Norfolk State-NC A&T & The CAA-MEAC HBCU Debate

Norfolk State and NC A&T represent two schools alike in philosophy but in different worlds. A loss by the Aggies could have fans questioning CAA life

NC A&T has won 7 straight against Norfolk State
Source: Jason Hirschfeld / The Virginian-Pilot

From 2015 to 2019, North Carolina A&T and Norfolk State were beacons of consistency, but in different ways. North Carolina A&T represented the MEAC in four of the first five Celebration Bowls and earned an FCS Playoff bid in the year they did not make the Celebration Bowl.

Norfolk State notched five consecutive seven-loss seasons, including four straight 4-7 seasons from 2015-2018, which is incredibly impressive in an odd way.

In that span, North Carolina A&T defeated the Spartans every year. The Aggies have not lost to the Spartans since 2011, extending a seven-game winning streak last season.

This week, that streak is in jeopardy. NC A&T is an uncharacteristic 0-3. While Norfolk State lost to Division II Virginia State in Week One, a non-conference win over Towson last week gives them a better CAA record than NC A&T. Yet, there is more to this game than a team breaking a losing streak to a one-time power in this conference. Other news, both within their conference and among prominent alumni lingers.

Earlier this month, Delaware expressed displeasure with the CAA’s recent additions to the conference, going as far as to declare they were open to an FBS move. Furthermore, Aggie great Jah-Maine Martin voiced the concerns of many, critiquing NC A&T’s move to the CAA.

Now, the CAA is in its most tenuous situation in recent memory, with the possibility of losing a flagship program with a football lineage rooted in the old Yankee Conference. North Carolina A&T represents this new era of the CAA, but they are also adjusting to a new world with infrequent encounters with HBCU counterparts on the gridiron. One that has longtime followers of the program feeling something is missing.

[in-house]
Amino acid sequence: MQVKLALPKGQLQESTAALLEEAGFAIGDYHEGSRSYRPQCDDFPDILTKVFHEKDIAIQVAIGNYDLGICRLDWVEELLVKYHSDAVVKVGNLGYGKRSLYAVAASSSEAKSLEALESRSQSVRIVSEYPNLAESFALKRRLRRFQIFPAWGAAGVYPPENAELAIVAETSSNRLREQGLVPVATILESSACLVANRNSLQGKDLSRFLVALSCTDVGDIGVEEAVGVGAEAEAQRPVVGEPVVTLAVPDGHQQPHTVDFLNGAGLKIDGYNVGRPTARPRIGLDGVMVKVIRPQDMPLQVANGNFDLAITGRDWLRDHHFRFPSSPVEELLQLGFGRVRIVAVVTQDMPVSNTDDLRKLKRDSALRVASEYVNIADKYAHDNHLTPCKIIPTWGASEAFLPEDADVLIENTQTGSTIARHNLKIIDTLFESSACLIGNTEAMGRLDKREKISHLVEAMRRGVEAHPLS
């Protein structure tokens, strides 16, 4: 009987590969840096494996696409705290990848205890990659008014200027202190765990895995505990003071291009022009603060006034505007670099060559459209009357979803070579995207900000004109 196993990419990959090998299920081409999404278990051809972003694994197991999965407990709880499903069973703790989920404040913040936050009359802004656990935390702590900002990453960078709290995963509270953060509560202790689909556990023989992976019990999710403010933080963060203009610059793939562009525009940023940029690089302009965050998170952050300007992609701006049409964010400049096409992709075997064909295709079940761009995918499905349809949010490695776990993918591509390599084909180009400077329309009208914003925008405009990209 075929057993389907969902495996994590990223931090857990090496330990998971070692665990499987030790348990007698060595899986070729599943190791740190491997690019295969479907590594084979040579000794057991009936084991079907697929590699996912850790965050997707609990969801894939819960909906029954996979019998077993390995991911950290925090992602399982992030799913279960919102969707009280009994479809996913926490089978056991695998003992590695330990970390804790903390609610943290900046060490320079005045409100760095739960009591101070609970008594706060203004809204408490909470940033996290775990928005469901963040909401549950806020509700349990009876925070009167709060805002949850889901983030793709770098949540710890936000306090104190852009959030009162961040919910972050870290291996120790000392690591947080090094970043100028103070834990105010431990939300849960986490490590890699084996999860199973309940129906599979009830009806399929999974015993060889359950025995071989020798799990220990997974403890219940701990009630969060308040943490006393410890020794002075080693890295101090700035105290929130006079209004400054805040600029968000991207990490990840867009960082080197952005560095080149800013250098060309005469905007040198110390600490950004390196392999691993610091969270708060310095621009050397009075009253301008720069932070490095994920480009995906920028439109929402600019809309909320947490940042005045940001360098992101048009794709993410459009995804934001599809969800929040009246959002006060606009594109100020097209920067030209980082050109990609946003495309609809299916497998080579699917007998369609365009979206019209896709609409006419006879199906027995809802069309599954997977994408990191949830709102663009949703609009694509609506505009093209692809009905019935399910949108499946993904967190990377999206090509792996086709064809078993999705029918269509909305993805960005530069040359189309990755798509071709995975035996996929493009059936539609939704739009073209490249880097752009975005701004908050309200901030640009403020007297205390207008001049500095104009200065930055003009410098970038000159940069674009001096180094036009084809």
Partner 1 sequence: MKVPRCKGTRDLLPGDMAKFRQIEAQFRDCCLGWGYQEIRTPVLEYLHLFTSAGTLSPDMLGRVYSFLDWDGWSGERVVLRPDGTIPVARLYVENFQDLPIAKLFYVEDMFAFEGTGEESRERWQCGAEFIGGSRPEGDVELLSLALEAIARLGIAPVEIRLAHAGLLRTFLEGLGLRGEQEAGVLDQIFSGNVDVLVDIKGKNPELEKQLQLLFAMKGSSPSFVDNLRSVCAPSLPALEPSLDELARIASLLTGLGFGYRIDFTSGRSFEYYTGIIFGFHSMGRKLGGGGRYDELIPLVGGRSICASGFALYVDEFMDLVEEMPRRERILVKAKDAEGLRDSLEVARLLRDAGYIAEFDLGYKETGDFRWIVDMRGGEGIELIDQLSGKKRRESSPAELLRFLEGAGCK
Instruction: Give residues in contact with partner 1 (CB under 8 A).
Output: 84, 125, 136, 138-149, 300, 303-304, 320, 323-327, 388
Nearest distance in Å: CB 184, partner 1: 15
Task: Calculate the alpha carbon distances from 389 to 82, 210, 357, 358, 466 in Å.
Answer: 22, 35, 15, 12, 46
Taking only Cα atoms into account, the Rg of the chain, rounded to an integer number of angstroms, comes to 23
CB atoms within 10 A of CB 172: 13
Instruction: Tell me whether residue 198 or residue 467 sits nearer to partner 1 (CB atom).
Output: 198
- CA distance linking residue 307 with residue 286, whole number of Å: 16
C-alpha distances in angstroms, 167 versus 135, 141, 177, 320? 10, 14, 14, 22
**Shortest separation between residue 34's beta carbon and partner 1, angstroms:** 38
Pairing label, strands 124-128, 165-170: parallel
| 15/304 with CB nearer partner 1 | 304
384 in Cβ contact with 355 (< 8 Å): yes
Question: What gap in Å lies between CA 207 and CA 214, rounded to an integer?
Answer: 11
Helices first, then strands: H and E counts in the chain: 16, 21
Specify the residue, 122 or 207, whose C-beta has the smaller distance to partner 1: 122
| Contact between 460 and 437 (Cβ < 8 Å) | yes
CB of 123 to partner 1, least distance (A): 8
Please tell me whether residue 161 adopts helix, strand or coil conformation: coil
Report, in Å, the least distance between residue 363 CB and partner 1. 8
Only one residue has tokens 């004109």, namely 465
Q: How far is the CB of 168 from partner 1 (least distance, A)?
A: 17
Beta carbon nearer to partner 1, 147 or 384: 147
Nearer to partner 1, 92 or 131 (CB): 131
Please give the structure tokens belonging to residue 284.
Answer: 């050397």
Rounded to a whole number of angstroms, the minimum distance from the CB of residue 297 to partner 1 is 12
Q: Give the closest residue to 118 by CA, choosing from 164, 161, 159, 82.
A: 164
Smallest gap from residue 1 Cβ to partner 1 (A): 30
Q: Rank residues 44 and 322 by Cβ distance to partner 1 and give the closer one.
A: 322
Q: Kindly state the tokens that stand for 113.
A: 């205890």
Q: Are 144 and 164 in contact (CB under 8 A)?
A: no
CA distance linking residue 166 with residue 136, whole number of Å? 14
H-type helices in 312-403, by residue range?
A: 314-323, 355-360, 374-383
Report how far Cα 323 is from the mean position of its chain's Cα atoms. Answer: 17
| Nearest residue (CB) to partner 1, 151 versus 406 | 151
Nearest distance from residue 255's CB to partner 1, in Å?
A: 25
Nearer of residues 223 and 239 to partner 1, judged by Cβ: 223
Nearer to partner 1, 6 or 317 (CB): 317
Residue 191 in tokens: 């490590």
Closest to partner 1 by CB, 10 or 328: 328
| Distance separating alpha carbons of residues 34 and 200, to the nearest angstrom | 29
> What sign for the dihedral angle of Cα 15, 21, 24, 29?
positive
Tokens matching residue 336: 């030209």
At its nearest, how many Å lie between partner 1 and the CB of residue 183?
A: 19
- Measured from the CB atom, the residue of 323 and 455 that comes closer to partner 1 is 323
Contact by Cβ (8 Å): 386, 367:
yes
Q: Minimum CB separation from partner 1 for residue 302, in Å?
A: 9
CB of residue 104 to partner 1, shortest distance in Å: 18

Norfolk State represents the “old world” the Aggies resided in. The Spartans are one of eight schools, one of six with football programs, that decided to stay in the Brave New World of a MEAC without the Florida schools, Hampton, and NC A&T.

Could it be that the MEAC’s football-playing schools are in a better place than the CAA’s HBCUs? Sure, the MEAC does not have the lucrative “eight-figure contract” of the CAA. Nevertheless, they have the exposure the CAA lacks. MEAC teams will appear on ABC twice this year and likely every year after this. Despite being arguably the second-best FCS conference, the CAA’s games lack strong viewership on Flosports.

The MEAC has nationally televised weeknight games, while the CAA does not. The MEAC has the Celebration Bowl to look forward to. CAA schools navigate a string of low viewership playoff games for a chance at a national title.

Most importantly, the MEAC has like-minded schools and a tight geographic footprint. The CAA’s football-only league is a colossus stretching from Maine to North Carolina.

An Aggie loss to the Spartans this Saturday will be another data point that will cause Aggie fans to question the move to the CAA. Losing to one of the also-rans of a conference they once ruled shows that the problem lies deeper than conference affiliation. NC A&T-Norfolk State could become a microcosm of conference realignment at the FCS level.